The initial interest in Box Lacrosse in USA was evident when 8,000 turned out to watch Montreal Canadiens (1931 IPLL Playoff Champion) defeated Toronto Maple Leafs (1931 IPLL regular season champion) 9-7 on 10 May 1932 in Madison Square Garden, New York. There was plenty of hype before the game and the ABLL was thrilled by the attendance. Boston Shamrocks signed Princeton University head coach Al Neis a month before the season, which was the earliest allowed by the league to sign players and coaches.
The ABLL opened on June 2 1932 when 10,000 watched New York Yankees defeated Toronto Maple Leafs 11-9 at Yankee Stadium, huge for a Lacrosse game, but small for a Baseball Stadium, and less than what the league’s owners anticipated. 8,000 watched Brooklyn Dodgers win 14-4 versus the Yankees at Ebbetts Field the next day. After the initial hype and novelty died down the attendance plummeted. Baltimore, even though stocked with local Lacrosse stars in a city with a tradition of Field Lacrosse, and also the most successful team in the league, could only draw 3,000 on average. Within two weeks the New York Yankees and Toronto Maple Leafs were dropped from the league on 16 June 1932 and while there were considerations to replace them with teams in Philadelphia and Atlantic City, New Jersey, they never went ahead because the Atlantic City team would have had to have played indoors, which was less than suitable to the organisers.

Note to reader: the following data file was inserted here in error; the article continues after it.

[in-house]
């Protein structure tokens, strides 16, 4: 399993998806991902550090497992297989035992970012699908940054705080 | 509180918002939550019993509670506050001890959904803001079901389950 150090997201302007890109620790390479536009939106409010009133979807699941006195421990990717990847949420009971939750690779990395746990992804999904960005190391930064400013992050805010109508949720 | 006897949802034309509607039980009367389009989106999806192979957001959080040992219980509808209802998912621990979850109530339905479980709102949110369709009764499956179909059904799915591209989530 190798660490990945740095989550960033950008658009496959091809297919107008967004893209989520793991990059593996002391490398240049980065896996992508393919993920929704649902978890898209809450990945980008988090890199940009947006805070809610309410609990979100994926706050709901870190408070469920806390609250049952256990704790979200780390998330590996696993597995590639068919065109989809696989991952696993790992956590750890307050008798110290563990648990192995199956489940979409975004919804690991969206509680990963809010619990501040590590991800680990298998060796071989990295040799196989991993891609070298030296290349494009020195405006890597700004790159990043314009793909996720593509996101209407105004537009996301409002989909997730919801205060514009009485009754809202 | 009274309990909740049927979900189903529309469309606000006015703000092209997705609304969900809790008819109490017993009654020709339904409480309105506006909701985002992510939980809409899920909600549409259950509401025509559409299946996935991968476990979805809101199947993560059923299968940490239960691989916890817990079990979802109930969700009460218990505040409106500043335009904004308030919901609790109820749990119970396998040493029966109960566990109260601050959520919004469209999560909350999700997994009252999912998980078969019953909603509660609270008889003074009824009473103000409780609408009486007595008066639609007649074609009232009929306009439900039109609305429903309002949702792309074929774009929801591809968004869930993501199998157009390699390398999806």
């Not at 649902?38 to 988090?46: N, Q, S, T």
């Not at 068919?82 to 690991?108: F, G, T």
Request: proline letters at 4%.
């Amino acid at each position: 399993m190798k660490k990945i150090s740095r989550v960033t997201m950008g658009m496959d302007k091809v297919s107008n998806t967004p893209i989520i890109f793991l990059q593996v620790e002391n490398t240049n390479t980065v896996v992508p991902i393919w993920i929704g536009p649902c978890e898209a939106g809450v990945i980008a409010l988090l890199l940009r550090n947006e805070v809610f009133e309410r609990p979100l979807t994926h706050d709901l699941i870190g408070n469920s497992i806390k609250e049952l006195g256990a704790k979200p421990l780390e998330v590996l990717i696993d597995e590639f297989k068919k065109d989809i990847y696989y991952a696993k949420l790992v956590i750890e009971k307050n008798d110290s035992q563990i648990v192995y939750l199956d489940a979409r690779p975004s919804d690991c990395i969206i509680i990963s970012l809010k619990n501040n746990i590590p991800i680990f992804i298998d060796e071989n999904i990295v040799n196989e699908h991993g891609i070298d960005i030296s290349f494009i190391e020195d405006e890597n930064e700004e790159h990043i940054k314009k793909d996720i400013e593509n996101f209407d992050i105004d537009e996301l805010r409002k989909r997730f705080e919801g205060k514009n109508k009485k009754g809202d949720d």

Baltimore Rough Riders were the dominant team, and even though the other three teams were evenly matched, Baltimore’s dominance was a deterrent even to fans in Baltimore, and the league folded on 8 July after 10 games of a 32 game schedule. Baltimore continued playing, forming a four-team league in the Baltimore Area, and New York Giants also appear to have continued playing through the summer, playing exhibition games versus teams along the Canadian border. Baltimore continued playing exhibition games also, ironically including two which it lost to a team not admitted earlier in the season to the ABLL. Atlantic City Americans played exhibitions in preparation for representing USA in the 1932 Summer Olympics. The Atlantic City team was made up exclusively of Native Americans and played a dozen games that Summer, winning all 12, including two by scores of 13-6 and 14-5 versus the Baltimore Orioles, a team made up primarily of ex-Baltimore Rough Riders.
Teams and Stadiums
|New York Yankees||Yankee Stadium|
|New York Giants||Polo Grounds|
|Boston Shamrocks||Fenway Park (home of Boston Red Sox)|
|Baltimore Rough Riders||Oriole Park (home of Baltimore Orioles)|
|Toronto Maple Leafs||Maple Leaf Stadium|
|Brooklyn Dodgers||Ebbetts Field|
 Dave Stewart Candy (2020) “American Box Lacrosse League 1932-1932” Canadian Lacrosse Almanac 1867-2021. pg. 436. [Internet] Available from: https://oldschoollacrosse.wordpress.com/2020/12/01/canadian-lacrosse-almanac-2021-edition/ ][Actual Download link at: https://oldschoollacrosse.files.wordpress.com/2020/11/canadian-lacrosse-almanac-1867-2021.pdf [Accessed 12 November 2021]
 Crossecheck (2019) American Box Lacrosse League 1932 [Internet] Available from: https://crossecheck.com/2019/11/05/american-box-lacrosse-league-1932/?fbclid=IwAR3IN5y0TrDIHv-leFOUWcpHpnWGO3MBd1FOle4EOHPnk6x1k4E5Q8_3I-I [Accessed 25 September 2022]
Thanks to Dave Stewart-Candy (Old School Lacrosse)
ABOUT THIS DOCUMENT
Researched, compiled and written by Enda Mulcahy for the
Eirball | Irish North American and World Sports Archive
Last Updated: 25 September 2022